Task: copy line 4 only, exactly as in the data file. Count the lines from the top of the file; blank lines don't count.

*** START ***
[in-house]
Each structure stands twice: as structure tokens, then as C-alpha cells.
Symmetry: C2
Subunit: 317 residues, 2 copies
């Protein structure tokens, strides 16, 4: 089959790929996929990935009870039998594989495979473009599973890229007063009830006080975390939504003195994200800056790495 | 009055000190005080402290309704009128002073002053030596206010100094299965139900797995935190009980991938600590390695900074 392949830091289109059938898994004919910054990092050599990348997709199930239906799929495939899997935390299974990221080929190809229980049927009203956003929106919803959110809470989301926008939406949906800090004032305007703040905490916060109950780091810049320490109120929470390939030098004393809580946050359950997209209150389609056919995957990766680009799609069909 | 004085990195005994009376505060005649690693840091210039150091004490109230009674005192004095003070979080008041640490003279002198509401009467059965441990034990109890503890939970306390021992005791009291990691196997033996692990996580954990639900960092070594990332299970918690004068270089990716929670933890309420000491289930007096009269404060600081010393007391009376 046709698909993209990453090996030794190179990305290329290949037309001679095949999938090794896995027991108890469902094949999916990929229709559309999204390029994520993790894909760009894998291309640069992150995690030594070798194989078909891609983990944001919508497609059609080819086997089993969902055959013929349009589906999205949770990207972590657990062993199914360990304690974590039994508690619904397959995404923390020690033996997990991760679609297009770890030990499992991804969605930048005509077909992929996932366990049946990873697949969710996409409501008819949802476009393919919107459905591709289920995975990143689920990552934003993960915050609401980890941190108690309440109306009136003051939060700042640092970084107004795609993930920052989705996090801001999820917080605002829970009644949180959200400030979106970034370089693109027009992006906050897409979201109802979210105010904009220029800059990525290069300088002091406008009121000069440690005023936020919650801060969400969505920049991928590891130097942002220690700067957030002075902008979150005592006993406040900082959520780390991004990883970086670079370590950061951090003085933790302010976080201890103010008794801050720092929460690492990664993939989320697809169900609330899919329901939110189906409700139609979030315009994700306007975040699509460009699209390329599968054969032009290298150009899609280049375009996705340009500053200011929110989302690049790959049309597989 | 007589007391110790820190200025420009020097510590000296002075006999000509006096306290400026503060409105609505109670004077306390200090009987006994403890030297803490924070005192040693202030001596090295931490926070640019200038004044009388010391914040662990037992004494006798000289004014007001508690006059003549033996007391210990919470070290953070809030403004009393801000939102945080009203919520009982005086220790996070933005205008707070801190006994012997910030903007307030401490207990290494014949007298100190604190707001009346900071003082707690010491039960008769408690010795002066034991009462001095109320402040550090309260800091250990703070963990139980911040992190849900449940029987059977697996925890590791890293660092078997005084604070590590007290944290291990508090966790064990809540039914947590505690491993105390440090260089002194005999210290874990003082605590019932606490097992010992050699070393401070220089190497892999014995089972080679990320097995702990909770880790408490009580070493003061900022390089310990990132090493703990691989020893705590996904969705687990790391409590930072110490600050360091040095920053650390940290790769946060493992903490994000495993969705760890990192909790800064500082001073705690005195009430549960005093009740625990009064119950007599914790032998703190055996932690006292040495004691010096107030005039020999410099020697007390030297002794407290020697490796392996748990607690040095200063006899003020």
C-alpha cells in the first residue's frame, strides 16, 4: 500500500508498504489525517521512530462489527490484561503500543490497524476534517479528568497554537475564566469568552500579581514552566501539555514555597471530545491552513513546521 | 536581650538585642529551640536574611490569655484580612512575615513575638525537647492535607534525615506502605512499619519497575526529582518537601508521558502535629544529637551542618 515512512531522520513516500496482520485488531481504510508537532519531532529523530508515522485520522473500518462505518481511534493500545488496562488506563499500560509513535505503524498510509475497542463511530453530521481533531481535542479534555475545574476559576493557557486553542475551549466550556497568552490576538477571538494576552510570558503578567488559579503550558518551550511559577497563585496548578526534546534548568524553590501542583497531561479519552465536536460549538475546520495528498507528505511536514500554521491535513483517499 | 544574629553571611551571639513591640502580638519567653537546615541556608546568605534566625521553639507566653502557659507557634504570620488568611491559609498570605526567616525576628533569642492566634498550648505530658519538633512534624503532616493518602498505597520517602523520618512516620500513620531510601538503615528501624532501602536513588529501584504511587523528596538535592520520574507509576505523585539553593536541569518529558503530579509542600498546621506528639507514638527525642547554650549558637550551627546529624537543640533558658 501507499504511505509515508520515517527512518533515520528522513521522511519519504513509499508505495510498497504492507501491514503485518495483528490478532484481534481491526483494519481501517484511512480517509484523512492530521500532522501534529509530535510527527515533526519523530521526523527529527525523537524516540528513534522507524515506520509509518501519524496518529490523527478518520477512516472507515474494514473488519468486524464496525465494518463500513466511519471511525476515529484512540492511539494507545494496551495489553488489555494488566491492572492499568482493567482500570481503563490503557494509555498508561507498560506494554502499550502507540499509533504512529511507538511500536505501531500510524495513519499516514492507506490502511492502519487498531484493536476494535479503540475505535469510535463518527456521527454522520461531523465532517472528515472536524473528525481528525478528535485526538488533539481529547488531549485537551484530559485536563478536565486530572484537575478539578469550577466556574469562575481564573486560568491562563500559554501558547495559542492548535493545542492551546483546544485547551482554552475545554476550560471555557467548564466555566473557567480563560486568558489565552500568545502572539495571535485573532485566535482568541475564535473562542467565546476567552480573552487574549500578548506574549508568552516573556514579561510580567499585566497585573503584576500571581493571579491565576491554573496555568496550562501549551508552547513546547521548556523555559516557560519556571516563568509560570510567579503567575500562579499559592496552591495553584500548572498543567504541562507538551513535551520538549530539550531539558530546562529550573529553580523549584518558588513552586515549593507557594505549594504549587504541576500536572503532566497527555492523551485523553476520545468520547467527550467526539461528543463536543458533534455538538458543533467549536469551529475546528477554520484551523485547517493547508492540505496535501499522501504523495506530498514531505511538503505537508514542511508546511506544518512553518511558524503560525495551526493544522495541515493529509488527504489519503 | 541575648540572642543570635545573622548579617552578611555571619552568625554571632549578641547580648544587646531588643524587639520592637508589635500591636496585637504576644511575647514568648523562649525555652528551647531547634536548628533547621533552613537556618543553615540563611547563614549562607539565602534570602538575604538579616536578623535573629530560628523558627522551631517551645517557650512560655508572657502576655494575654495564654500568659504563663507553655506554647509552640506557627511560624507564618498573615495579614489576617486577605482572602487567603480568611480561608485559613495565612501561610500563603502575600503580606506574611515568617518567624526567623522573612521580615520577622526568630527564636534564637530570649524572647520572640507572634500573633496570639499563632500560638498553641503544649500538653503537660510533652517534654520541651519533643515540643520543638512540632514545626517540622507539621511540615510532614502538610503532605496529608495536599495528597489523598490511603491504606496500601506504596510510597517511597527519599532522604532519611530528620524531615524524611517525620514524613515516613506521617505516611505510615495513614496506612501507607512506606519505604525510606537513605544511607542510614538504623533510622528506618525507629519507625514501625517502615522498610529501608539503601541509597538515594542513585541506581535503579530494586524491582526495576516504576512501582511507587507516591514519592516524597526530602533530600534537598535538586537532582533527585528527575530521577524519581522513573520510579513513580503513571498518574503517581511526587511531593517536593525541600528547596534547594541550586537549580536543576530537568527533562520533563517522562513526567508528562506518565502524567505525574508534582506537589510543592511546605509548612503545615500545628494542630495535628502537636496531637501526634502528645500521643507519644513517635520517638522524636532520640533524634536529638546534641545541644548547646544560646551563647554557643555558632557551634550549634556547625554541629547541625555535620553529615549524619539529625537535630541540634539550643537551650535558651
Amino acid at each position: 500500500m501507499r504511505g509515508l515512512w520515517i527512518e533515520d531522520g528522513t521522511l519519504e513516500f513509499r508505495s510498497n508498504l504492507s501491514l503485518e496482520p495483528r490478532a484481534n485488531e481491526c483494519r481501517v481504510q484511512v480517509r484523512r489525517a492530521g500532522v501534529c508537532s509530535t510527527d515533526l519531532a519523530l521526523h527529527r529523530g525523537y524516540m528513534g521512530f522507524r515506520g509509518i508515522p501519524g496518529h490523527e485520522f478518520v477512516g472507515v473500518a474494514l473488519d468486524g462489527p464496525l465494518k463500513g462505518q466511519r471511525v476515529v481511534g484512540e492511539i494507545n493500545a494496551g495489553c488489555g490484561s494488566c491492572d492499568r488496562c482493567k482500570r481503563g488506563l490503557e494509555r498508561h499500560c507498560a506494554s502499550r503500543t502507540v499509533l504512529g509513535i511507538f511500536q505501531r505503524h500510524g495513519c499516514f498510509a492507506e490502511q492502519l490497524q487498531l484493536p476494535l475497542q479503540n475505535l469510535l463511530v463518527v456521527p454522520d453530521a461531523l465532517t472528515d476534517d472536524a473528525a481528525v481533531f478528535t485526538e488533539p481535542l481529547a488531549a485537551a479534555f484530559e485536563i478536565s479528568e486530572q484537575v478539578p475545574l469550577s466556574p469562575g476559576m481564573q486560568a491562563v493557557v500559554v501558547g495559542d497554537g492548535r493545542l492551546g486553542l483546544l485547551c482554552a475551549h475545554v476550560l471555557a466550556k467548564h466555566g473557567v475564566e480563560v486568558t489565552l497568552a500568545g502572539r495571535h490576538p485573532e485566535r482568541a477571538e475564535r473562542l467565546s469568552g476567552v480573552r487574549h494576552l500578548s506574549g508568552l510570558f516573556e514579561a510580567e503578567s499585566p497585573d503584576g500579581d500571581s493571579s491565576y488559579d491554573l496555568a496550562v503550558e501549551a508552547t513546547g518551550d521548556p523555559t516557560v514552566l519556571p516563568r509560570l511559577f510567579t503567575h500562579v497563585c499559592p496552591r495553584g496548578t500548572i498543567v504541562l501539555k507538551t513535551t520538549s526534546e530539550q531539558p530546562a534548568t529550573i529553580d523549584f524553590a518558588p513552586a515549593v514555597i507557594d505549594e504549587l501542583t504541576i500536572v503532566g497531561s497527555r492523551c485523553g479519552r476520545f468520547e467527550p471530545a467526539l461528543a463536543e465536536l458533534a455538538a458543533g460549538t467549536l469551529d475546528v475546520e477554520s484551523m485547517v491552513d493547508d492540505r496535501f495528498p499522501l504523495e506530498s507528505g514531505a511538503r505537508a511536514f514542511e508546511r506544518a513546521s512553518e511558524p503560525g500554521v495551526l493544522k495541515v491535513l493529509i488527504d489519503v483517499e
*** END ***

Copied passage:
Subunit: 317 residues, 2 copies